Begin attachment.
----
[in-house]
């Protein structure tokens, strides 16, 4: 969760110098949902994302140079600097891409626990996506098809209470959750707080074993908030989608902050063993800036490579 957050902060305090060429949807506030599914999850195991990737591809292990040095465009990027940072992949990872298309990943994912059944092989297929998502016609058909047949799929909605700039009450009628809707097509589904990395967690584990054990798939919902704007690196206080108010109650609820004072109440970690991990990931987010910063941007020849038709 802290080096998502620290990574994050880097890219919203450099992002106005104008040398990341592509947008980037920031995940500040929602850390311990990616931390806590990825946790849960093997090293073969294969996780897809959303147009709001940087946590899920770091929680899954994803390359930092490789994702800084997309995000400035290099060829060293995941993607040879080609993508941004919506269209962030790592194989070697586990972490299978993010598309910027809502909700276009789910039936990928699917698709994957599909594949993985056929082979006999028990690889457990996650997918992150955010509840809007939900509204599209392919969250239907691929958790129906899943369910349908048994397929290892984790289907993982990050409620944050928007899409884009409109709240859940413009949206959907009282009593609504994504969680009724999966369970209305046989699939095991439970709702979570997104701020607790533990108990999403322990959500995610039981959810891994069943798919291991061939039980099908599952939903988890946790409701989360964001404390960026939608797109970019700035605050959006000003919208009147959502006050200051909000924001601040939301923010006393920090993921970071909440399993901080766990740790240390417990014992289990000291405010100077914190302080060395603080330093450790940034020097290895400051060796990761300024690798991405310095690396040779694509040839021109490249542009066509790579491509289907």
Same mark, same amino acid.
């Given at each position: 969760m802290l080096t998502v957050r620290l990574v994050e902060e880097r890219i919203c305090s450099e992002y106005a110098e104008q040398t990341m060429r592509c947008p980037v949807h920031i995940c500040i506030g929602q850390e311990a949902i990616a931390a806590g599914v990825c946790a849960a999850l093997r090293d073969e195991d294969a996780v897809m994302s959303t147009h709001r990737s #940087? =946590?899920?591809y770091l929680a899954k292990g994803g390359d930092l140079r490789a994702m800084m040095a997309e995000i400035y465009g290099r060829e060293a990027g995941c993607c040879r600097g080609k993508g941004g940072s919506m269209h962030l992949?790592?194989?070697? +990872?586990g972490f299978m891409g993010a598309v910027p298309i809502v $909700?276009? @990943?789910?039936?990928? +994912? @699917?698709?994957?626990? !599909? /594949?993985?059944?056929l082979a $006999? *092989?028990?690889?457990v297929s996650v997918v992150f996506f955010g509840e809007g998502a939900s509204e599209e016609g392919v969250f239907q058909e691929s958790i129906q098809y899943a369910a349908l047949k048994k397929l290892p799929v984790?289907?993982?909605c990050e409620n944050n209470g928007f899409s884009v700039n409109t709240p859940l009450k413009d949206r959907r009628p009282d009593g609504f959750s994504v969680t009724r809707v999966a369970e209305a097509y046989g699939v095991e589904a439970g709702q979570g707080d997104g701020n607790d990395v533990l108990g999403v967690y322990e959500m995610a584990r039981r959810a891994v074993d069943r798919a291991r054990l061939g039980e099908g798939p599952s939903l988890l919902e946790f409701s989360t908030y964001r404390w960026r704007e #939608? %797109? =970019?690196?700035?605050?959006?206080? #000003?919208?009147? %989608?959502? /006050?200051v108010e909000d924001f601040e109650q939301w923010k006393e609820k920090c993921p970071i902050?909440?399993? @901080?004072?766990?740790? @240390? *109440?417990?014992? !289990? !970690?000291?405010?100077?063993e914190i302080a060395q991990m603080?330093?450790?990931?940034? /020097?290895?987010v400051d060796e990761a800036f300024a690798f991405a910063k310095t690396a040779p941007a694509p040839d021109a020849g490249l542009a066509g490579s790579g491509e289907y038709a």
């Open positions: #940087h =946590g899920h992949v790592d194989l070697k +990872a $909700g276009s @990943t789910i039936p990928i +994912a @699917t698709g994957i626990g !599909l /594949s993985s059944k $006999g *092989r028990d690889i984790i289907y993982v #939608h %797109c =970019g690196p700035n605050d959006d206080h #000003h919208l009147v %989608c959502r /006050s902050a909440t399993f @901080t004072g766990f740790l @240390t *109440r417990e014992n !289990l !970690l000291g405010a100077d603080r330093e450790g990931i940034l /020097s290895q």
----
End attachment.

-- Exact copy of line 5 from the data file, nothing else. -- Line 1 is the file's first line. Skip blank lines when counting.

């Open positions: #940087h =946590g899920h992949v790592d194989l070697k +990872a $909700g276009s @990943t789910i039936p990928i +994912a @699917t698709g994957i626990g !599909l /594949s993985s059944k $006999g *092989r028990d690889i984790i289907y993982v #939608h %797109c =970019g690196p700035n605050d959006d206080h #000003h919208l009147v %989608c959502r /006050s902050a909440t399993f @901080t004072g766990f740790l @240390t *109440r417990e014992n !289990l !970690l000291g405010a100077d603080r330093e450790g990931i940034l /020097s290895q």